In international schools like the one I work at where there are lots of young native speakers of the target language(s) (and their parents) this approach is not too difficult to implement. But one can go about it a different way, by searching the web for short videos/recordings which are very similar in content. I did that, for instance, in the context of daily routine; I found a serious of youtube videos shot by French teenagers, which actually contained very similar language and used them for narrow listening tasks. In the absence of L2 native speakers, other L2 experts (e.g. colleagues) may be used.
But what tasks should the students be involved in whilst narrow-listening? Unlike Krashen, who believes they should not be doing anything but listening, I do believe the students should be demonstrating understanding one way or another. The type of activity we decide to engage them in will depend on what we are trying to focus them on: is it inferring the meaning of unfamiliar vocabulary? Is it consolidating old vocabulary? Is it listening for gist? Is it identifying specific details? Or is it all of the above? The answers to these questions will determine the in-listening tasks we will set. I usually do one or more of the following:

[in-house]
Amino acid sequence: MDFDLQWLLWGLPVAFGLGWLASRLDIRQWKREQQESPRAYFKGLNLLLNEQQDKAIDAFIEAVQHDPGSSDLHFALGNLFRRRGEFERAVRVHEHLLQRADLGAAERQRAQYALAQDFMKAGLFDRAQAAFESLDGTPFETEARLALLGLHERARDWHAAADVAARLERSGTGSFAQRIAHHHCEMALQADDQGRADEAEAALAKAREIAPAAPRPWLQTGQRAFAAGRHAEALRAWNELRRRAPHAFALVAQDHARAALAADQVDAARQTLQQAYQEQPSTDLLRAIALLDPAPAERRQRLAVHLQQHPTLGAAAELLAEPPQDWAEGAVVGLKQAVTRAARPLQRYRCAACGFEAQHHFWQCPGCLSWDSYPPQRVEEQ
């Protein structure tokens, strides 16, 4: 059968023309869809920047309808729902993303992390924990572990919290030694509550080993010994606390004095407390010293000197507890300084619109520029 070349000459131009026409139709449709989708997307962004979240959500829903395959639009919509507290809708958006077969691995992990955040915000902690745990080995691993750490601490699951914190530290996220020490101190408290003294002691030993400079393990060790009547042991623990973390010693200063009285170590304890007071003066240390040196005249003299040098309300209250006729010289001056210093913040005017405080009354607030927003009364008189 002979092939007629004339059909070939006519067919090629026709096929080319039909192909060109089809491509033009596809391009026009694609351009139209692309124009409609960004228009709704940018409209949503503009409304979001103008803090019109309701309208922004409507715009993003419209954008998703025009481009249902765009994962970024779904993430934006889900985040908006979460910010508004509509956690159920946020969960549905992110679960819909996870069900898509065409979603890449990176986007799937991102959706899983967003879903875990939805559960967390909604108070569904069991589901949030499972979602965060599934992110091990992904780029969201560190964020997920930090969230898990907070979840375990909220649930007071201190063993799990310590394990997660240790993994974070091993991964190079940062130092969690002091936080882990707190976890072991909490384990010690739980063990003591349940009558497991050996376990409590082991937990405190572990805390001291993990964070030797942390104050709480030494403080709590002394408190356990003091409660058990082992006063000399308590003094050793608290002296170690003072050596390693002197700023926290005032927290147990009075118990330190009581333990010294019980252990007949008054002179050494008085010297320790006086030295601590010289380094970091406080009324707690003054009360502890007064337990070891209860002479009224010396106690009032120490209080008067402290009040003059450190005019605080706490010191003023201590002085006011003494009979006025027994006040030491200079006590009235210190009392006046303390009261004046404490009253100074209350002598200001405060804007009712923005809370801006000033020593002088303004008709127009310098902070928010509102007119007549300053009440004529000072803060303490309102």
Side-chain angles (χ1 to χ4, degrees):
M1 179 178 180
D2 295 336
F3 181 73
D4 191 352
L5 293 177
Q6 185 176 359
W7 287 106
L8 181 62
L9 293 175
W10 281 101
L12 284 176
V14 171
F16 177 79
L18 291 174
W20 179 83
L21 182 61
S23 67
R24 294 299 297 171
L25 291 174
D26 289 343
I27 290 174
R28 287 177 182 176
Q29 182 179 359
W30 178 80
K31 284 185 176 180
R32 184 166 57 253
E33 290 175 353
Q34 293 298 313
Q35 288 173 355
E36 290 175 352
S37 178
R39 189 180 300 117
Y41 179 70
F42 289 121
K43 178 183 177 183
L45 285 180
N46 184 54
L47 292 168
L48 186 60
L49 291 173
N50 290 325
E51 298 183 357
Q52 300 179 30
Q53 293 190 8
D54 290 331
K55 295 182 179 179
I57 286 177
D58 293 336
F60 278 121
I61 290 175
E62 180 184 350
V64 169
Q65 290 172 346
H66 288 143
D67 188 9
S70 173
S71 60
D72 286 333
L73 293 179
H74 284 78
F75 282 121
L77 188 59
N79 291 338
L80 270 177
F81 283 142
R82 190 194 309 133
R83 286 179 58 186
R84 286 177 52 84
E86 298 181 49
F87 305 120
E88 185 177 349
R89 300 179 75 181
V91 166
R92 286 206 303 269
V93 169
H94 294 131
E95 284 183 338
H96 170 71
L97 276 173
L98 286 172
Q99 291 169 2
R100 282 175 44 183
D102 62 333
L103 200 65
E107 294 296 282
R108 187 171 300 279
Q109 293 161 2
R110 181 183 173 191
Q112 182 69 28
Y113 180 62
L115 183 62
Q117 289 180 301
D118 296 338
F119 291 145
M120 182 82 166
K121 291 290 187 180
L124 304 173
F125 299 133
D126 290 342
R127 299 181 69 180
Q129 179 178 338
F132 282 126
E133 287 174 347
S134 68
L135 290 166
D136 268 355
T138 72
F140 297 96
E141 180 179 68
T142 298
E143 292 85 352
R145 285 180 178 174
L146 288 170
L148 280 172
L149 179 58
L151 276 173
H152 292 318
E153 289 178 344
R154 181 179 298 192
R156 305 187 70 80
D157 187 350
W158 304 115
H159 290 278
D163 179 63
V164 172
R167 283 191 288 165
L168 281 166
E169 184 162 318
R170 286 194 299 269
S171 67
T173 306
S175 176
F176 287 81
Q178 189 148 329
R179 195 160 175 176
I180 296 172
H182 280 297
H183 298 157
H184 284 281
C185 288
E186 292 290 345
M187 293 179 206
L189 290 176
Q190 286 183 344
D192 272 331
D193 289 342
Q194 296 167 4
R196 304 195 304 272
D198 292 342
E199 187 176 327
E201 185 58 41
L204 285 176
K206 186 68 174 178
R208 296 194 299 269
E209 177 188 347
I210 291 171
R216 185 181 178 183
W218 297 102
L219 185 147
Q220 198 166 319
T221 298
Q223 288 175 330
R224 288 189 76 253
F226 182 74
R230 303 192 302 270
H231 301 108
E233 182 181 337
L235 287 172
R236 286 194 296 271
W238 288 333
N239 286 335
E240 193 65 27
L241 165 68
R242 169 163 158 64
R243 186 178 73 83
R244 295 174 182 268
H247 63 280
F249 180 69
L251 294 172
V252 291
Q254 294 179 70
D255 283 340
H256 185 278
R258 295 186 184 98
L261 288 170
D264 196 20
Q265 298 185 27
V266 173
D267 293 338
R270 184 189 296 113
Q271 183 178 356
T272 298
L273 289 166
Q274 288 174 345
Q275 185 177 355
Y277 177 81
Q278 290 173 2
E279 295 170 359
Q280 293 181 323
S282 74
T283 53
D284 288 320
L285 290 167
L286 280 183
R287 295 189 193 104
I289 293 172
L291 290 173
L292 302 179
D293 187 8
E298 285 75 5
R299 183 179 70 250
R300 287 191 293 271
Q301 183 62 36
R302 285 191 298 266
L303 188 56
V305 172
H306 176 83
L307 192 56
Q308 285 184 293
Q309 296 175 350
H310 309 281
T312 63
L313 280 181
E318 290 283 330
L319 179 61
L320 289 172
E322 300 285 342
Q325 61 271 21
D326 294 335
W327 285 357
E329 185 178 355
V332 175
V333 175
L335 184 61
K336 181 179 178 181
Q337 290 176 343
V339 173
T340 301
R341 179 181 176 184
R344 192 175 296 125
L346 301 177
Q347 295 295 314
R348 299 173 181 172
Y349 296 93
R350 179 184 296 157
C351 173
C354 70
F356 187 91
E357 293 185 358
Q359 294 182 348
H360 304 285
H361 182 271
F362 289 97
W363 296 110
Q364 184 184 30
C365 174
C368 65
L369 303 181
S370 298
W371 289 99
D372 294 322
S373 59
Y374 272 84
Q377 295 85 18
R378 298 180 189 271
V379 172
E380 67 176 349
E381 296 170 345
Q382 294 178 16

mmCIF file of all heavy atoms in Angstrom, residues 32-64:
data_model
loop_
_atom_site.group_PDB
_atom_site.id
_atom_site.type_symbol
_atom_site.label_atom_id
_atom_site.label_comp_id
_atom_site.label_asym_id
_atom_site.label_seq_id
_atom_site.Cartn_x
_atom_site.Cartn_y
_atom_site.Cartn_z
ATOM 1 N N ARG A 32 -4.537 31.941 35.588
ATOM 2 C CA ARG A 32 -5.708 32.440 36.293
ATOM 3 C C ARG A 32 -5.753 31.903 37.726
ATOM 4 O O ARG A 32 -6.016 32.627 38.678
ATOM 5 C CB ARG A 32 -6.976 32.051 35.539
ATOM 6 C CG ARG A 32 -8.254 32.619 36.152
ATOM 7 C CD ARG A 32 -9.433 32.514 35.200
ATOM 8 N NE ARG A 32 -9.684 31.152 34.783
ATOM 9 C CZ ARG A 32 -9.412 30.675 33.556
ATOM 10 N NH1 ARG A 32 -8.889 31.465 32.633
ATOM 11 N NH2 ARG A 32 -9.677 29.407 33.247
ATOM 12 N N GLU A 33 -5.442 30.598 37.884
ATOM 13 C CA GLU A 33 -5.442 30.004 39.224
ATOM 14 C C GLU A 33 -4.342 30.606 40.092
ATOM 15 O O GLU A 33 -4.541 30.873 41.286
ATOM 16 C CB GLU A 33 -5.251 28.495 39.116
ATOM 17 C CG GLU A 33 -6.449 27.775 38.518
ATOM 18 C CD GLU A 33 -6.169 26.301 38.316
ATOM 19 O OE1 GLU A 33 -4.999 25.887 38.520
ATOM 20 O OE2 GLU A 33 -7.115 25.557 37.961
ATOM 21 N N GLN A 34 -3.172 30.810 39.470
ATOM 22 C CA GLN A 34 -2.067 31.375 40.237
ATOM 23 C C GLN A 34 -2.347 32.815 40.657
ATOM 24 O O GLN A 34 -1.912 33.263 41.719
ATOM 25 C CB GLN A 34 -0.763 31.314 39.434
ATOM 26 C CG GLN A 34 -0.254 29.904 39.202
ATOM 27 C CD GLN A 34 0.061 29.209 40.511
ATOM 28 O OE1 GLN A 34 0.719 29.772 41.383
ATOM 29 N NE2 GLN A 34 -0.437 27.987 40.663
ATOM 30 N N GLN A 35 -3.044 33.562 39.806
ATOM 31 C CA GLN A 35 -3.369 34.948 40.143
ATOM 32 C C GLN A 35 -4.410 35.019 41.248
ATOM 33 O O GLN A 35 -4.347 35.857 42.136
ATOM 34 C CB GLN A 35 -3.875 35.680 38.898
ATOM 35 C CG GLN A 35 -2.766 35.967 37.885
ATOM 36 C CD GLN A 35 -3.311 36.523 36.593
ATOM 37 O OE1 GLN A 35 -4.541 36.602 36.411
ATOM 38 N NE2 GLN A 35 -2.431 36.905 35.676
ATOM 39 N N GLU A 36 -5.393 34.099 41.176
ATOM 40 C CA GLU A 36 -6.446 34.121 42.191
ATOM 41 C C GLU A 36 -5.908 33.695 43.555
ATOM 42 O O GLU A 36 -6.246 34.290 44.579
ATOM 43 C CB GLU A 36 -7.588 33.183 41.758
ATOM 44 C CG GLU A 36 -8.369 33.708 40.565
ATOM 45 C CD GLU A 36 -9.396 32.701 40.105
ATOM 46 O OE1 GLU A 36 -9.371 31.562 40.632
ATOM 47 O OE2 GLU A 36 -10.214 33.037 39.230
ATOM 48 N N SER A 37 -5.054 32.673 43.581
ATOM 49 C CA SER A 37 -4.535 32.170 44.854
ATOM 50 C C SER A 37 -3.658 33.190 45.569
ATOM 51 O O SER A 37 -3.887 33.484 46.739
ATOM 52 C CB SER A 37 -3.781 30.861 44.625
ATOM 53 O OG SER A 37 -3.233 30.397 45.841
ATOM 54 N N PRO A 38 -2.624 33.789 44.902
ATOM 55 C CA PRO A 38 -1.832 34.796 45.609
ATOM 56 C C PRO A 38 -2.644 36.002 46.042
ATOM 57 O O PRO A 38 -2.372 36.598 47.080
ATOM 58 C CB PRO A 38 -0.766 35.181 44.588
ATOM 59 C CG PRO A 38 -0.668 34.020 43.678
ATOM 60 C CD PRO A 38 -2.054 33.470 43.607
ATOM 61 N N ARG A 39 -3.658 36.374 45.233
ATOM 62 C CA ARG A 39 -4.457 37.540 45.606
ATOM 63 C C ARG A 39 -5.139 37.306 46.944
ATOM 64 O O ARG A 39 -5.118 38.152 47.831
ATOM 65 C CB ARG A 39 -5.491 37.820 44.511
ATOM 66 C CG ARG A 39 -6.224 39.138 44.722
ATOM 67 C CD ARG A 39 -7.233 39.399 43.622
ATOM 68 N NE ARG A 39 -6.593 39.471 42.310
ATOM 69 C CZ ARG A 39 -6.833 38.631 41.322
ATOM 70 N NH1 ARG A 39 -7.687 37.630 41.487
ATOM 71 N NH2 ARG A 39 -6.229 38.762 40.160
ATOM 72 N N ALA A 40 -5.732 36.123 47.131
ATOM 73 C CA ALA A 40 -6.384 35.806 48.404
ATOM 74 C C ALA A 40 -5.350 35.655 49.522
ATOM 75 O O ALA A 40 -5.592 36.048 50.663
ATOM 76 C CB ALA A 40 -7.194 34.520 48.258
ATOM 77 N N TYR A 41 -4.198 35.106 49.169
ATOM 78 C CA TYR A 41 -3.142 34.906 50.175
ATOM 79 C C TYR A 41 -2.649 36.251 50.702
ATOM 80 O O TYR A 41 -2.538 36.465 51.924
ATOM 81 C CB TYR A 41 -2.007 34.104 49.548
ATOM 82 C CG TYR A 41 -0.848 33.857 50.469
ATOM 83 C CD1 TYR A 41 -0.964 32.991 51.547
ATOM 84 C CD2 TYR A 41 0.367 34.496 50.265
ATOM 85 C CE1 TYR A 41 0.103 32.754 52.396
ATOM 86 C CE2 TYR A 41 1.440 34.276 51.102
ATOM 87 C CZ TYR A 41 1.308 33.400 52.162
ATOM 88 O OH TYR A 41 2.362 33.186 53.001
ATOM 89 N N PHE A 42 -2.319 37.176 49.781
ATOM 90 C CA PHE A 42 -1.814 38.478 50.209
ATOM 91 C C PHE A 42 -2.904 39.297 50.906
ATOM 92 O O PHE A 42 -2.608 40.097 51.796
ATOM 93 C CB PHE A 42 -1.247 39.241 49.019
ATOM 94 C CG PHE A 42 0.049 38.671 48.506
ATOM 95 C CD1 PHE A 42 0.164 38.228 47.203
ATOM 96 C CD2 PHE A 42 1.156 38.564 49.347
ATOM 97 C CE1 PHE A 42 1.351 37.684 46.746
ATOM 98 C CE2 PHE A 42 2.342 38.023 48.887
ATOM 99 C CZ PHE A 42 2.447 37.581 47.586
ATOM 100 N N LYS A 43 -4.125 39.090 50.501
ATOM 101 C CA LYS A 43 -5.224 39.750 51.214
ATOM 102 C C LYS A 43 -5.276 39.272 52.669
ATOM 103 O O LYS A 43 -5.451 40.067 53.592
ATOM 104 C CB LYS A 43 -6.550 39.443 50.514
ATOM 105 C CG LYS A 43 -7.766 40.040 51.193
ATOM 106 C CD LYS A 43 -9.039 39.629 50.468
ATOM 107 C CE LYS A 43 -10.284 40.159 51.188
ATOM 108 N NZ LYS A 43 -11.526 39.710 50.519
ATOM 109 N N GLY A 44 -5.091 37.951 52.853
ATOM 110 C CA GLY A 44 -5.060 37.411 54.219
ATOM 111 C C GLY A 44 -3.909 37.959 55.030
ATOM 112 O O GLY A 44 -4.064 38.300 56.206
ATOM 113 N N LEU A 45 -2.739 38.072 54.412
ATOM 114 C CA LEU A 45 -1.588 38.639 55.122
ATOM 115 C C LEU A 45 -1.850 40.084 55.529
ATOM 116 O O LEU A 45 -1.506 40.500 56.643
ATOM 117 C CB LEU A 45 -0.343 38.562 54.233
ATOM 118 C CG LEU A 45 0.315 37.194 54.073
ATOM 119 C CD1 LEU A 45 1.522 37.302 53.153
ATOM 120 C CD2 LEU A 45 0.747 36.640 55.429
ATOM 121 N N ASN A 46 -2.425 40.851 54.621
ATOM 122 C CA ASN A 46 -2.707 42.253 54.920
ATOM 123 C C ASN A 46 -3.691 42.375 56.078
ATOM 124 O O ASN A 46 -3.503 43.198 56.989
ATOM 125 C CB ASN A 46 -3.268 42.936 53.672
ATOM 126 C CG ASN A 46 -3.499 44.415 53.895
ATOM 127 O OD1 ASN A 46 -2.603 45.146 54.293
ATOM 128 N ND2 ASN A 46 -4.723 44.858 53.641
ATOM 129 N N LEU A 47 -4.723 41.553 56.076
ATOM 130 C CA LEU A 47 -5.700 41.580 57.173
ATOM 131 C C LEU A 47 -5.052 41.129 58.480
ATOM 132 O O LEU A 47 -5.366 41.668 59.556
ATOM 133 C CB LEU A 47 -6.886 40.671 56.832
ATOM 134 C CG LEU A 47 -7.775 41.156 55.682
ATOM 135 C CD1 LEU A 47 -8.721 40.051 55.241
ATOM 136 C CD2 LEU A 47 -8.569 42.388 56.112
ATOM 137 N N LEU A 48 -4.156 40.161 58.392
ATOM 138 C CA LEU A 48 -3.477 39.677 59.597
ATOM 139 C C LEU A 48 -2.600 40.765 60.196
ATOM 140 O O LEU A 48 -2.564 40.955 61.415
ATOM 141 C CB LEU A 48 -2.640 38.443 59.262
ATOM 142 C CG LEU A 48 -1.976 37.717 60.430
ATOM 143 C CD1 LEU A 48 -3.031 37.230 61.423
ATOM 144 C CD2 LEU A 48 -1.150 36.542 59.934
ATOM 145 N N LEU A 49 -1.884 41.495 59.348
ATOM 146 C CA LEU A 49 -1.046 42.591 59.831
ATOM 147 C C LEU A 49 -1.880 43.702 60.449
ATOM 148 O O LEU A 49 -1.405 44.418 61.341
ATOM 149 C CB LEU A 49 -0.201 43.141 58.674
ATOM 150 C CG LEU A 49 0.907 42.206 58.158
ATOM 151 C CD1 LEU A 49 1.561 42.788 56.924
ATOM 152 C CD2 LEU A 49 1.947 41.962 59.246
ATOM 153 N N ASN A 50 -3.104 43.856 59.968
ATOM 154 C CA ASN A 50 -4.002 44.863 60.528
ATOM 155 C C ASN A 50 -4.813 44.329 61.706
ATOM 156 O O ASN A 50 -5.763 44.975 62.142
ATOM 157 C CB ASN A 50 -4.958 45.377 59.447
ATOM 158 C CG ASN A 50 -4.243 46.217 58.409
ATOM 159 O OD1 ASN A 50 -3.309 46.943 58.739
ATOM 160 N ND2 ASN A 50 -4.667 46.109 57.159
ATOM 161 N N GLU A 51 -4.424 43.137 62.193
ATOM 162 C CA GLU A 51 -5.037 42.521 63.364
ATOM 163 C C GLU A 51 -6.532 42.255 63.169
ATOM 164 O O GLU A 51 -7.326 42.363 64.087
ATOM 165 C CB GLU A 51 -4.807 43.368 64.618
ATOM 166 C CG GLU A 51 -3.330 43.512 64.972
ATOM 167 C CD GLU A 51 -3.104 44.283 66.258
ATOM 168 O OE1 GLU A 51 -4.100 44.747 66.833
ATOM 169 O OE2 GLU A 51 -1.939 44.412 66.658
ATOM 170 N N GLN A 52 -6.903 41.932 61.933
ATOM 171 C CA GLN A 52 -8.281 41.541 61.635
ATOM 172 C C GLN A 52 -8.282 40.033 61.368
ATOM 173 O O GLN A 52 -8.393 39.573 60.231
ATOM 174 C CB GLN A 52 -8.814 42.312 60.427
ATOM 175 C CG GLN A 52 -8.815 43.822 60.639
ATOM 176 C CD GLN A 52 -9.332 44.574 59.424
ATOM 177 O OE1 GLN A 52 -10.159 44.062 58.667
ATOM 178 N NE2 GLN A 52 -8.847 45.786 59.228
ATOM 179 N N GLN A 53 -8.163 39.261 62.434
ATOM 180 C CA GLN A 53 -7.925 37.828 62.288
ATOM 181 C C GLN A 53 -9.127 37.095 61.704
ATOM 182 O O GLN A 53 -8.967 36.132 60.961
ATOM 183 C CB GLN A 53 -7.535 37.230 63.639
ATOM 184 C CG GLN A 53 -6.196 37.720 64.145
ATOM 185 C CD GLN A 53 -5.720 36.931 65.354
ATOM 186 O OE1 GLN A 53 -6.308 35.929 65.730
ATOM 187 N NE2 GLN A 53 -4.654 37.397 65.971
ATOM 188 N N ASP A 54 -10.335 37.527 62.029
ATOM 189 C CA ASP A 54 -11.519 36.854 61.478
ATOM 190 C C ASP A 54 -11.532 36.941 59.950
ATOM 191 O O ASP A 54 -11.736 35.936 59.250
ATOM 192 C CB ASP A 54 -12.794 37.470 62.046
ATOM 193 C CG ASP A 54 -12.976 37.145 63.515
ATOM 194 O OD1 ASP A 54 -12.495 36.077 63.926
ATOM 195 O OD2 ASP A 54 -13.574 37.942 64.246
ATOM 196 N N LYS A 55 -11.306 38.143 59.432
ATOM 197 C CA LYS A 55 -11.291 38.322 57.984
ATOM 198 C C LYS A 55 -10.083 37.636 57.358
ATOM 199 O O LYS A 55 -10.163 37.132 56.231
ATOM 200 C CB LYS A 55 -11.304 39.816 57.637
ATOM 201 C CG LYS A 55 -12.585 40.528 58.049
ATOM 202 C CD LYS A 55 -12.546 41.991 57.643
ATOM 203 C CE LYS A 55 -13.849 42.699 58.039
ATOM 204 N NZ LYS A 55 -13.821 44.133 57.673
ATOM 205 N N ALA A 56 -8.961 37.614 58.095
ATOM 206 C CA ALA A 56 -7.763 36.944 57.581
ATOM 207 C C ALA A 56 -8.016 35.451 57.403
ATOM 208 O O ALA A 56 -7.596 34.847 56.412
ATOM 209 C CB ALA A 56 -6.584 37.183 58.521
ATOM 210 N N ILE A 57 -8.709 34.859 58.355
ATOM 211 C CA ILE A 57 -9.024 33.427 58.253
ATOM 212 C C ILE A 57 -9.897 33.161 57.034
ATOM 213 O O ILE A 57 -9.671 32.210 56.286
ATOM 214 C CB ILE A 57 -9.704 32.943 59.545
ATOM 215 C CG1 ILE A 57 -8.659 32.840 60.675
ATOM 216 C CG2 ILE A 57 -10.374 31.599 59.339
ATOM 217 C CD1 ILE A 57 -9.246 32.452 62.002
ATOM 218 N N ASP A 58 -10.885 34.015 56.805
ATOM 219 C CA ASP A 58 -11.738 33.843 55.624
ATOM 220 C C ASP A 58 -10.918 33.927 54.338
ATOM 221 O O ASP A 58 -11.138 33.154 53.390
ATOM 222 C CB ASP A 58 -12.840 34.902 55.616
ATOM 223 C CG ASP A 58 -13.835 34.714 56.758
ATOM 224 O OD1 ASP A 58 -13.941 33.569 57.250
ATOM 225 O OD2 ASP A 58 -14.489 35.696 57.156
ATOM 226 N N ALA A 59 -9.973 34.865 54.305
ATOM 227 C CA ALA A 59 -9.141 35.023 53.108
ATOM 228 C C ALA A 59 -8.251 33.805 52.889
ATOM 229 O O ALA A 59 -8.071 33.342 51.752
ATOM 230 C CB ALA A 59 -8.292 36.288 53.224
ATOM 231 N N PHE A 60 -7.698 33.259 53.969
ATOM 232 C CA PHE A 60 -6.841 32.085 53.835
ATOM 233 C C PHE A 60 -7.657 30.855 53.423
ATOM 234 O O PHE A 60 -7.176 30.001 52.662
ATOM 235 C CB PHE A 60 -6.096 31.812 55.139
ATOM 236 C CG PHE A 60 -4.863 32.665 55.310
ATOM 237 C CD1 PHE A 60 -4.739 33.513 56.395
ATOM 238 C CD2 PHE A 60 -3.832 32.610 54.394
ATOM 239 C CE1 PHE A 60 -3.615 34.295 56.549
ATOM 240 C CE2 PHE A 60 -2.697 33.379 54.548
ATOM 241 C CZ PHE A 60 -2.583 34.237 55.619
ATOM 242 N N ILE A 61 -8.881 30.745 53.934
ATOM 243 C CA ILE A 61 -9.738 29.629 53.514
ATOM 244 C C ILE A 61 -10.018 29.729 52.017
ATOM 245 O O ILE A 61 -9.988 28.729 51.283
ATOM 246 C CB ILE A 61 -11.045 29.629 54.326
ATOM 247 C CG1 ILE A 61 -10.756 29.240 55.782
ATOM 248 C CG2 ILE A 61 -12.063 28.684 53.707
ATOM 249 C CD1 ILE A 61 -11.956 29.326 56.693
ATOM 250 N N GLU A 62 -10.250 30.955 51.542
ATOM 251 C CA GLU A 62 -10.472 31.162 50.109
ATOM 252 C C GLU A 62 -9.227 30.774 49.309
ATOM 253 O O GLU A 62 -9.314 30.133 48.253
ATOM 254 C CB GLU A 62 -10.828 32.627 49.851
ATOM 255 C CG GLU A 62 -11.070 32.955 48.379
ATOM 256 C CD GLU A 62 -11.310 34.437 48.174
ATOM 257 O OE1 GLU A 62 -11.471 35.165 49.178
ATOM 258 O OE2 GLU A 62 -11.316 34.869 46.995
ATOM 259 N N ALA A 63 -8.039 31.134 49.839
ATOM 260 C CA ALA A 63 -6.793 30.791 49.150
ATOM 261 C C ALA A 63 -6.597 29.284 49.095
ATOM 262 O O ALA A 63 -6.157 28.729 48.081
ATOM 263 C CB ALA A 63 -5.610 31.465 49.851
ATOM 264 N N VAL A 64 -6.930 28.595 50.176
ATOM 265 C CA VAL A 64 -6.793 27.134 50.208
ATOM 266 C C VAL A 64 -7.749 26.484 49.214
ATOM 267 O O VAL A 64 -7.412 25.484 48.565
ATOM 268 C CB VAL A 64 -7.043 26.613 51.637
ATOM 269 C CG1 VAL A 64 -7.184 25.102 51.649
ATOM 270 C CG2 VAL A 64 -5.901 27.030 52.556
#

- Given the word in English spot the French/Spanish equivalent on the recording;
- Identify the meaning of the following French words in the recording;
- Jot down two/three/four etc. main points each speaker makes;
- Spot the speakers who express similar/different opinions or do/have done similar/different things;
- Comprehension questions. As you will know if you read my previous posts, these are not my favourite kind of tasks.
Narrow listening activities should be preceded by warm-up vocabulary and schemata activation activities and followed by consolidation activities further recycling the target lexis in order to maximize retention.